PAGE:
Letter From the Editor
This issue marks our one year anniversary, and we could not let this pass without thanking our readers for their interest and support. We will strive to continue to earn your consideration and time. We have been blessed with excellent writers willing to contribute to our first two issues with little more than our gratitude. We appreciate all who have given their time and work to The Christendom Review. To those readers who have supported us financially, we are very grateful, and if others respond to our invitation to visit the “support this site” link and contribute, we hope to be able to offer our writers a small remuneration at some point for work accepted for publication. We are constantly looking for good poetry, fiction, and visual art, and we are especially looking for the opportunity to publish more literary essays on the great writers and their works.
This issue we have two very good examples of the kind of literary essays we are hoping to find. Lydia McGrew has written a splendid moral analysis of Graham Greene’s The End of the Affair, and William Luse has explicated the enigmatic key moment in Flannery O’Connor’s “A Good Man is Hard to Find.” Our poetry offerings include Thomas DeFrietas, William Luse (yes, it’s true, we do not disparage the traditional forms here), and some fine examples of the work of Patricia Mickelberry, of whom Smith Kirkpatrick once said, after reading an early piece, “Poor thing, she’s a poet.” Indeed she is. We have a story by John Farrell, whose humble willingness to revise is both inspiring and instructive to this writer, who has also contributed a story. Our visual arts section features the photography of Todd McKimmey, whose eye reveals the intersection of the ordinary with eternity in central Texas.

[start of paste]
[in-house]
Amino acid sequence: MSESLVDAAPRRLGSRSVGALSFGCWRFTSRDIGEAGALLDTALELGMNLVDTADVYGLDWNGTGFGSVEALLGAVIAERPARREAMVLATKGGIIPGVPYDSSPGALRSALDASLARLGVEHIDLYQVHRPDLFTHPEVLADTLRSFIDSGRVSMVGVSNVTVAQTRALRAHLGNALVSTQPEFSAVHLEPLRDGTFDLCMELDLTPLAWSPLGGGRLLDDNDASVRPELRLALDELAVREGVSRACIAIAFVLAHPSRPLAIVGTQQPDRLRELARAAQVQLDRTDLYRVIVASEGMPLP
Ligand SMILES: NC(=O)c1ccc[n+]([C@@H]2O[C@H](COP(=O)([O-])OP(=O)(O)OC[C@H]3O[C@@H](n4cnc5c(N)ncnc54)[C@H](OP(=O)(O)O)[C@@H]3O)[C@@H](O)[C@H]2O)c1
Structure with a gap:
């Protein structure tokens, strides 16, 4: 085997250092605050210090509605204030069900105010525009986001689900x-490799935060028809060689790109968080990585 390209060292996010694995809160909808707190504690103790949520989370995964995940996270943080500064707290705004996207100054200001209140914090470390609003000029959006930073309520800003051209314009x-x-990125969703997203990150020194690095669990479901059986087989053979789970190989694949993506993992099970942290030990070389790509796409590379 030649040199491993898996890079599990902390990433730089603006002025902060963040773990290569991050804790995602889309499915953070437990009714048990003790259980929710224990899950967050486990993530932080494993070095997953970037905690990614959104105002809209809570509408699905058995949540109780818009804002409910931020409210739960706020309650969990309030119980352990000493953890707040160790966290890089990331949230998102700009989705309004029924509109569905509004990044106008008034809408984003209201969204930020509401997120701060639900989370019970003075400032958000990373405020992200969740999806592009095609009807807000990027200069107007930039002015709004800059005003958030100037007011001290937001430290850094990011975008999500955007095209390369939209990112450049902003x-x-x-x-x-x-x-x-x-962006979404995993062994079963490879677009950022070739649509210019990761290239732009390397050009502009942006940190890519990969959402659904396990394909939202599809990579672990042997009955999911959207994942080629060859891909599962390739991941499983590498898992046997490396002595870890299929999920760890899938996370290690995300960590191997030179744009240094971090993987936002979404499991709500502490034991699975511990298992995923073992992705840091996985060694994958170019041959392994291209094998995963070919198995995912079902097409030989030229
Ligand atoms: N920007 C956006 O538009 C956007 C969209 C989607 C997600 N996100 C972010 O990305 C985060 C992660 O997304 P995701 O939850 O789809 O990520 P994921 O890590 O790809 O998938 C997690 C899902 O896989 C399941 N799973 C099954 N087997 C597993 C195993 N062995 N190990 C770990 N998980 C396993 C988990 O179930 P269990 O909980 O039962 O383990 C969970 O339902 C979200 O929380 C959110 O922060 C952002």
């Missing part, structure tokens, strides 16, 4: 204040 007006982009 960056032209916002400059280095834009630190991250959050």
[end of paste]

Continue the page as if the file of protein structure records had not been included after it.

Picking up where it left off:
There is a monster in Dante’s Inferno whose name is Geryon. He is a symbol for our age, a creature with the body of a reptile and “the face of a just and honest man.” We live in a time of state-sponsored mendacity, where it is claimed from high places to young graduates that Mao was as admirable as Mother Teresa, that abortion is health care, and that victory in Afghanistan over an enemy that blinds young girls to keep them from becoming educated is a pejorative term. We breathe in so much relativism with the air we forget that “a lie is nothing, no thing, and cannot exist until somebody accepts it as the truth. This is the opposite of the divinity fusing with the body of the world” (Andrew Lytle).
In Melville’s novel Billy Budd the simple young sailor says, “there are many ways to tell a lie, but there is only one way to tell the truth.” Implied in this statement is that there is Truth that transcends the mere assertion. As Keats saw it, (“ ’Beauty is truth, truth beauty’ ” ) Truth sometimes may be less than pretty. It may in fact contain aspects of the tawdry, as in Greene’s novel, or it may come from the lips of a cold-blooded killer whose words strip away false piety and sentimental religiosity and reveal an ugly kinship, as do the Misfit’s to the Grandmother in O’Connor’s story. These are planes of human activity that touch on the divine in that they show the characters in circumstances and actions that reveal them as they really are: full members of the fallen race of human beings. Some of the works in this issue are more pleasant to look at than others; all are the truth.